BURLEY • A bill to improve bicycle safety in Idaho has failed to reach a committee vote, and will die in the waning days of this year’s legislative section.

H.586 was introduced by Rep. Roy Lacey, D-Pocatello, but stalled after its introduction and has been dormant for about two weeks. It would have required drivers to give bicyclists extra space while passing them on the state’s roads, but after Lacey’s fellow legislators sent it back for revision, its progress halted.

“Rather than take a chance on bad legislation, I’m just going to let it die there,” Lacey said Monday, adding that some legislators wanted to amend the bill in ways that would have “ruined the bicycling experience for cyclists.”

Similar bills have been introduced four times, only to fail. This is the second try by Lacey, a cyclist himself.

His proposal would have banned motorists from passing bicyclists – or runners, horseback riders or people in wheelchairs – when there’s oncoming traffic unless they can safely do so while maintaining at least a three-foot separation between the vehicle’s outermost right side and the person being passed.

To prevent worries of traffic jams, the bill would have required bicyclists to turn off the roadway when three or more vehicles line up behind them. It would also order them to ride single file and as close to the right side of the road as possible.

Minidoka County Sheriff Kevin Halverson said a similar bike safety ordinance failed to find favor in his county last year.

Now that the state bill died, Minidoka County officials will take a look at another draft of the local bike safety ordinance.

Halverson said the law won’t necessarily change motorists’ habits now, but will pay off five or 10 years down the road by changing the mindset of young drivers.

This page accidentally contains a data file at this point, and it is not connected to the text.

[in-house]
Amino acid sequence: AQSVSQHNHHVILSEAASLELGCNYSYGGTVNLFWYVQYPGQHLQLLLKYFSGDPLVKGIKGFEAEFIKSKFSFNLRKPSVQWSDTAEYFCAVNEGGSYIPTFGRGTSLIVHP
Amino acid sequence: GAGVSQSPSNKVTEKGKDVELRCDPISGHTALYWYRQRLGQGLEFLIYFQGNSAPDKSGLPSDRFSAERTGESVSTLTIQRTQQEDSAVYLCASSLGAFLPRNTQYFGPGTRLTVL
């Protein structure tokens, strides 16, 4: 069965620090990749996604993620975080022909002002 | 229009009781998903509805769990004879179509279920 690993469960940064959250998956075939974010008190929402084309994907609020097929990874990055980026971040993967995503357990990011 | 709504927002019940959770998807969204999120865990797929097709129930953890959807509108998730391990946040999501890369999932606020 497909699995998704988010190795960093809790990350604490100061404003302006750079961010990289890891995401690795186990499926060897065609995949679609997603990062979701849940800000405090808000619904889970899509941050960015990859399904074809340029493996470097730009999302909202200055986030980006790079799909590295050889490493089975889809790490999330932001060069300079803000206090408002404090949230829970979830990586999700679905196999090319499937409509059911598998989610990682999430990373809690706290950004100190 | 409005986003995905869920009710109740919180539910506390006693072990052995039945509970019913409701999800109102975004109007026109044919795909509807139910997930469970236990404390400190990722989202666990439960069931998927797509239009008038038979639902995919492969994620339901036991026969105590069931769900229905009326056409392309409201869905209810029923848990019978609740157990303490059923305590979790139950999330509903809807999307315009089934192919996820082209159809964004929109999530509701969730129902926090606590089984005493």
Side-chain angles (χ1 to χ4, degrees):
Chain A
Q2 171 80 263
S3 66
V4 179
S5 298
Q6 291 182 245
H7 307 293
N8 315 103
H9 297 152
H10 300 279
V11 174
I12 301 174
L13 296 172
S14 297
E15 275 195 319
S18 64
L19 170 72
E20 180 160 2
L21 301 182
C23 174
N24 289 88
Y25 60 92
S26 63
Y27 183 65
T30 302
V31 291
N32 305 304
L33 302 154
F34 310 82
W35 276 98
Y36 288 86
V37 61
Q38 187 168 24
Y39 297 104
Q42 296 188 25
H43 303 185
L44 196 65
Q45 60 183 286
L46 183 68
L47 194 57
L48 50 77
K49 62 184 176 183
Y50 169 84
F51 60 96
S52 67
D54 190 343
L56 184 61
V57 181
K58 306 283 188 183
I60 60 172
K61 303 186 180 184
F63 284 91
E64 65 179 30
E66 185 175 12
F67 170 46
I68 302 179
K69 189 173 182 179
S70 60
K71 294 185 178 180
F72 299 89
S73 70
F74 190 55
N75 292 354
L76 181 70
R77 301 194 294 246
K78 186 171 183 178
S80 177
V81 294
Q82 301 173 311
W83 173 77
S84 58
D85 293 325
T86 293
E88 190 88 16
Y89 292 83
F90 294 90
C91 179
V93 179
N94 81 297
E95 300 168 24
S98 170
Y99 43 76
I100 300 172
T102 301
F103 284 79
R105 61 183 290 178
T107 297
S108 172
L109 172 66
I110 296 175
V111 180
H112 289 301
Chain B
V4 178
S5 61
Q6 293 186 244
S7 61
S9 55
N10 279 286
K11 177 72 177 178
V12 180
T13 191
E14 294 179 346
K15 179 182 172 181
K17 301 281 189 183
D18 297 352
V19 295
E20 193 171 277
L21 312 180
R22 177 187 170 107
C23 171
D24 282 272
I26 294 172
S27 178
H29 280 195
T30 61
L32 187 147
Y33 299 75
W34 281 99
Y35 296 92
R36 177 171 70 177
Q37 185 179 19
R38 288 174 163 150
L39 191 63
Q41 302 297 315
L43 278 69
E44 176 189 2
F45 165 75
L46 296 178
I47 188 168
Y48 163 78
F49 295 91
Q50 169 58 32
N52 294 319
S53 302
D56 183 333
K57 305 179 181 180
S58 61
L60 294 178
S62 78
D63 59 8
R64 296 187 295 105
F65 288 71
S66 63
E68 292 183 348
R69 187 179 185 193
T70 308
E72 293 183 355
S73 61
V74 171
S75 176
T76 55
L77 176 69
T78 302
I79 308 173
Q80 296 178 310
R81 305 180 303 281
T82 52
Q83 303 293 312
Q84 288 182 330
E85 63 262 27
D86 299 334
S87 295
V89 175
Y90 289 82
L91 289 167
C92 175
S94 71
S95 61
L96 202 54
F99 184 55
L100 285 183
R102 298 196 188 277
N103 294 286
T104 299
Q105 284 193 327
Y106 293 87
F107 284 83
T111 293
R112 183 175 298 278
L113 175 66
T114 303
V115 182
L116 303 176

“The main thing is bringing public awareness and educating drivers,” Halverson said.

He said most close calls come from inattentive driving rather than from motorists’ deliberate actions.

But, Halverson said, cyclists are sometimes their own worst enemies and have to take responsibility for their actions.

“It needs to be a two-way street,” he said.

Alice Schenk, cyclist and proponent of improving bike safety in Idaho, said the new law would have at least created more awareness.

Schenk lost one of her friends, Lona Hymas-Smith, when the Burley artist was struck from behind while riding March 9 on U.S. Idaho 30, west of Burley.

“Maybe people would say there is a new law on the books and become more aware that cyclists have rights and are out on the road,” Schenk said.

Schenk, who has encountered her own close calls with vehicles while riding her bicycle, said bike riders really need a 10-foot safety zone from vehicles.

“When a vehicle buzzes us, they don’t understand how truly fragile we are out there,” Schenk said. “We have the right to be on the road, too, and we don’t want to be killed out there. Just give us a little margin of safety out there.”

(6) comments

KES
KES

I'm not surprised. You'd think that after Lona Smith's death, that State Legislators would recognize the need for increased safety - guess not.I've been spinning pedals for well over 50 years, consistently - still do, and I'm obviously still alive. After a several frightening near-misses over the years, I've changed my gutter-riding habits and now take-the-lane -- Yes, against Idaho Statute recommendations, I ride near the center on MY lane. This assures that drivers see me and force them to either slow down, or pass using the oncoming lane - not unlike farm tractors. Yes, I eventually move to the fog line when it's safe to do, to allow safe vehicle passing. Perhaps if Lona would've taken the lane too, then Mr. Burt wouldn't have been so inclined to squeeze between her and the oncoming vehicle - obviously, at a speed which killed.

mommybear
mommybear